Although mesothelioma patients already deal with a plethora of symptoms, one symptom that isn’t discussed as frequently is the risk of developing blood clots. Pleural and peritoneal mesothelioma, in particular, are at risk of blood clots, but fortunately there are ways to treat them before they get out of control.
There are a few different types of blood clots, also known as thromboembolisms, that mesothelioma patients can develop, and at least 38% of patients who undergo surgery will develop them. Deep vein thrombus (DVT) generally develops in the legs, pelvis, or thighs. However, it’s not as severe as a pulmonary embolism (PE), a blood clot that moves from the lungs to other parts of the body, which can often be fatal.
Symptoms of Blood Clots
There are numerous blood clot symptoms that mesothelioma patients should watch out for and be aware of, including:
- Swelling, warmth, and pain in the affected area
- Feeling faint
- Unusual anxiety and apprehension
- Fast heart rate
- Coughing, sometimes accompanied with mucous
However, in some instances, mesothelioma patients with PE may not experience any side effects at all.
- Swelling, typically in the affected leg
- Skin discoloration in the affected area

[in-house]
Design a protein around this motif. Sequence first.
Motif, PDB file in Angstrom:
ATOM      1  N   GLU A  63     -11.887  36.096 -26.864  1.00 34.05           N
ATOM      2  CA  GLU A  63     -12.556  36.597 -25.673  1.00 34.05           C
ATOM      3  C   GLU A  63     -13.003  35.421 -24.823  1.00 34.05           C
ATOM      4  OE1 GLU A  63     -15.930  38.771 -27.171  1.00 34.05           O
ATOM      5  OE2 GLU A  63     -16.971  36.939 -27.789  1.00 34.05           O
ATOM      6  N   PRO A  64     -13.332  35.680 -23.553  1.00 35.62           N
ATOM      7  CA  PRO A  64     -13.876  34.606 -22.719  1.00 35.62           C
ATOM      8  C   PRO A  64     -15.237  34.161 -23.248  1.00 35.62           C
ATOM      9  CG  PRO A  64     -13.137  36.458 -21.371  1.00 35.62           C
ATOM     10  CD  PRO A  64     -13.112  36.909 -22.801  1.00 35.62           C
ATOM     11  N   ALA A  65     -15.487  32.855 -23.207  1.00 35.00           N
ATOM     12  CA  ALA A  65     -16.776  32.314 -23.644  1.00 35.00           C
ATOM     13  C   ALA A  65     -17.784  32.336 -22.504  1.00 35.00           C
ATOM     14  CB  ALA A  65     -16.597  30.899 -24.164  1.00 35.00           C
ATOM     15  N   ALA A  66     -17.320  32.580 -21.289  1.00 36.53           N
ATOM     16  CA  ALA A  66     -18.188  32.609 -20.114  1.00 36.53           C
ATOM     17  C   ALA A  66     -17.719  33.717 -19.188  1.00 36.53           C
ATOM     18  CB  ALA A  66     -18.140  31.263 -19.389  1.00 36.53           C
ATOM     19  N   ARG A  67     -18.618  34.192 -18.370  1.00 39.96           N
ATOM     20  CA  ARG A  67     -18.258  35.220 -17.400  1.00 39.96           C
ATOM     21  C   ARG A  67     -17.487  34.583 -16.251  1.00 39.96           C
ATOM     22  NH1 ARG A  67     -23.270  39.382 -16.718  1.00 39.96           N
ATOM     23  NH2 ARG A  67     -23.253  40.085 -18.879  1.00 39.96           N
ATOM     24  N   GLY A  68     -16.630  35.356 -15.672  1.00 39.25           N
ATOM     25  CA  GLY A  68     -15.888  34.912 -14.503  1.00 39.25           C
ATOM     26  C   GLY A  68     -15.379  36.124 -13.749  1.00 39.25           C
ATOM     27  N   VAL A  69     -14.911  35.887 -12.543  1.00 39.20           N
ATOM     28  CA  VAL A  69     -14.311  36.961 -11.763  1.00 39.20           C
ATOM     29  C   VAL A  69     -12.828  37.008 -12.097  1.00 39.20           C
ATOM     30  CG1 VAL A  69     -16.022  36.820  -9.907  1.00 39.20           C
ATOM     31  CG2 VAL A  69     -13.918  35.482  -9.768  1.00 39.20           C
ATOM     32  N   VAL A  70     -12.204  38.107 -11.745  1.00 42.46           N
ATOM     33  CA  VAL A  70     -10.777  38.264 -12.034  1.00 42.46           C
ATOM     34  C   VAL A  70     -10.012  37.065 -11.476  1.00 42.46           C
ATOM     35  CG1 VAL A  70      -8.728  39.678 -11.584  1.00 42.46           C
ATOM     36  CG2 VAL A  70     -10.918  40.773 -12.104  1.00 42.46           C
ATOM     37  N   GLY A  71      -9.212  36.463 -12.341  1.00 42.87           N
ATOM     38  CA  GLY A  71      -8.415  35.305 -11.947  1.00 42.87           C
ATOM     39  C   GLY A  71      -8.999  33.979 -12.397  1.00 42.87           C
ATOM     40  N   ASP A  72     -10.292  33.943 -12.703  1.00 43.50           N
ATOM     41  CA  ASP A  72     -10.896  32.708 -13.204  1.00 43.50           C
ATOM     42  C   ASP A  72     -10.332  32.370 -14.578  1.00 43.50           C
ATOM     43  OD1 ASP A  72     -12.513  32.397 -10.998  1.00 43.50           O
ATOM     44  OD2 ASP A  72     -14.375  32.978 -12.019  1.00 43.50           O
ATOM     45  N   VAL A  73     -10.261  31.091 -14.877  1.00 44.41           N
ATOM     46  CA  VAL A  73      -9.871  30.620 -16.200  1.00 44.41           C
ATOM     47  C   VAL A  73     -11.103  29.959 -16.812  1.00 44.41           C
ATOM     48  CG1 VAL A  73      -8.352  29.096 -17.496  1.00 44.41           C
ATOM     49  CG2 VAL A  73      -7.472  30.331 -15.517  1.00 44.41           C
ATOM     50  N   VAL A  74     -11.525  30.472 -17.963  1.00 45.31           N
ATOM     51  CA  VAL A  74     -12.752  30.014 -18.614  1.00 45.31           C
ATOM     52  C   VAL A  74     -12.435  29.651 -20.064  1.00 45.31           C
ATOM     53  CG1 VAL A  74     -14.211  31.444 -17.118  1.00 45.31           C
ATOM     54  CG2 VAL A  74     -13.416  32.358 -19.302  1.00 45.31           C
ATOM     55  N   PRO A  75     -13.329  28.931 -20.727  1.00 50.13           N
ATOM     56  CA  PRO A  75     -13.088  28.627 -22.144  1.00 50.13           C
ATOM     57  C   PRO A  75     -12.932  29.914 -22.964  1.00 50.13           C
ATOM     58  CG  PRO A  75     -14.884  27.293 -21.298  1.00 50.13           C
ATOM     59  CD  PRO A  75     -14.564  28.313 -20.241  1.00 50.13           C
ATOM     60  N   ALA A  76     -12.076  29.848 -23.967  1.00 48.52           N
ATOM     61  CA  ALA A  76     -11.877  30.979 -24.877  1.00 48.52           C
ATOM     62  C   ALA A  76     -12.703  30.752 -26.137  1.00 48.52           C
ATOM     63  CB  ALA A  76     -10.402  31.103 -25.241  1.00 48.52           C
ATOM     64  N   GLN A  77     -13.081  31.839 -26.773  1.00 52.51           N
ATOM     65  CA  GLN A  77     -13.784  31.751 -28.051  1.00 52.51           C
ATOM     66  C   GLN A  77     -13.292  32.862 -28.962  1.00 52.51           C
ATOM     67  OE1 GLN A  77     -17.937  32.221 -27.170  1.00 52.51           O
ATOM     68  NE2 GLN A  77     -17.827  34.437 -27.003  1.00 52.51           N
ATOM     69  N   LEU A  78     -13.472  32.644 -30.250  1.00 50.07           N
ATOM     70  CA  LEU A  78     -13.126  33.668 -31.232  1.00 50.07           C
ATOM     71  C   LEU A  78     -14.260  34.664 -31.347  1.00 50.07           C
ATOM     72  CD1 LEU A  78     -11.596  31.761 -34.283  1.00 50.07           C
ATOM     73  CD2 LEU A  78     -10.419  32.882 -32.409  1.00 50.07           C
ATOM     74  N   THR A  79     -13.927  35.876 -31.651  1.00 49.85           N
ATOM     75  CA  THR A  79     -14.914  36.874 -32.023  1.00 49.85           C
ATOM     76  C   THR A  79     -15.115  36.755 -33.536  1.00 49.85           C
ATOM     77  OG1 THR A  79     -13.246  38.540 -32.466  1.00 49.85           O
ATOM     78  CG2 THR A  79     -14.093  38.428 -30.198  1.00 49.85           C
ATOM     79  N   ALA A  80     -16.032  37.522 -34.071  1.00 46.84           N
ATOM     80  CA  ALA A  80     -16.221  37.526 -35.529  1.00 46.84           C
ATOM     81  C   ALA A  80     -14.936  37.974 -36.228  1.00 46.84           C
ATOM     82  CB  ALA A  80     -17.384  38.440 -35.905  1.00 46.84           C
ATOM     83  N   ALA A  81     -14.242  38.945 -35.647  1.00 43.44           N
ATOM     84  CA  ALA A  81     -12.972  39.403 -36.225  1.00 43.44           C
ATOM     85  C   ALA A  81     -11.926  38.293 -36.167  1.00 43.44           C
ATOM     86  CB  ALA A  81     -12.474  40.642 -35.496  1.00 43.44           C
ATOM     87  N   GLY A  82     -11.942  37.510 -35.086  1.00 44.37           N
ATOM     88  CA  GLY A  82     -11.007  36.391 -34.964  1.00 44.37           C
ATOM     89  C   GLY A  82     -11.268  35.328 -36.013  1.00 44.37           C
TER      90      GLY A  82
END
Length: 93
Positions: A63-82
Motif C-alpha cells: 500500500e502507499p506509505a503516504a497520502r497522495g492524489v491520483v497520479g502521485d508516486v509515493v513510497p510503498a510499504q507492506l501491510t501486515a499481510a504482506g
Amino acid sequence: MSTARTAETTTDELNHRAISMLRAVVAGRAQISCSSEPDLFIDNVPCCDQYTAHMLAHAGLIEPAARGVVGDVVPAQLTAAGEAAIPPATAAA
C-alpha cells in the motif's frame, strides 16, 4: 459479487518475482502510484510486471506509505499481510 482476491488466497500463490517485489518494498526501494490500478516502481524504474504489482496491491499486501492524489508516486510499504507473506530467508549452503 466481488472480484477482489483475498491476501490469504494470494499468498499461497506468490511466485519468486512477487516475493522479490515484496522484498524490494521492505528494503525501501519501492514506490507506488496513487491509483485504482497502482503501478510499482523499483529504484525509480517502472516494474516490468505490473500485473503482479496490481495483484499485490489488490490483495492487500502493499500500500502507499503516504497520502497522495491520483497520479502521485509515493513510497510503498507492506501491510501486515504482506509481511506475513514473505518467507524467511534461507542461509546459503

- Leg pain
- Leg tenderness
As with PE, some mesothelioma patients will not have any DVT symptoms or side effects.
How Are Blood Clots Treated?
For mesothelioma patients with PE, treatment generally consists of a medication called Heparin, which is typically injected intravenously into the patient’s skin. This is usually performed several times, over a series of anywhere from 5 to 10 days, depending on the patient’s individual needs. Afterwards, the patients may be prescribed the oral form of Heparin, also known as an anticoagulant, commonly referred to as blood thinner. This type of medication is one of the popular forms of treatment for blood clots.
Mesothelioma patients with DVT may start out on an anticoagulant medication only, as these types of blood clots aren’t as severe. However, since each patient is different, treatment may also be different, but a physician will determine the best course of action.
Compression stockings may also be recommended for DVT patients. Compression stockings, which stretch up from the foot to just below the knee, help reduce swelling and inflammation caused by blood clots.
If blood thinning medication isn’t working for PE mesothelioma patients, a vena cava filter may be recommended. A vena cava filter is a small filter that’s inserted into the vena cava vein. The procedure is performed by a surgeon. Once the filter is in place, it will catch the blood clots before they have the chance to travel to the lungs, which can cause PE.
Alternative Remedies for Blood Clots
In addition to traditional medication, there are numerous alternative measures that mesothelioma patients can do at home:
- Eat foods that help prevent blood clotting, such as bananas, spinach, apricots, raisins, garlic, onion, ginger, bilberries, brussel sprouts, and gingko.
- Avoid smoking cigarettes and drinking alcohol
- Drink plenty of water
- Use heating pads on the affected area
- Exercise as much as possible to reduce obesity (always consult with your physician before starting an exercise plan)
- Massage the affected area to stimulate blood flow
- Avoid sleeping pills
Additional Help and Resources for Mesothelioma Patients
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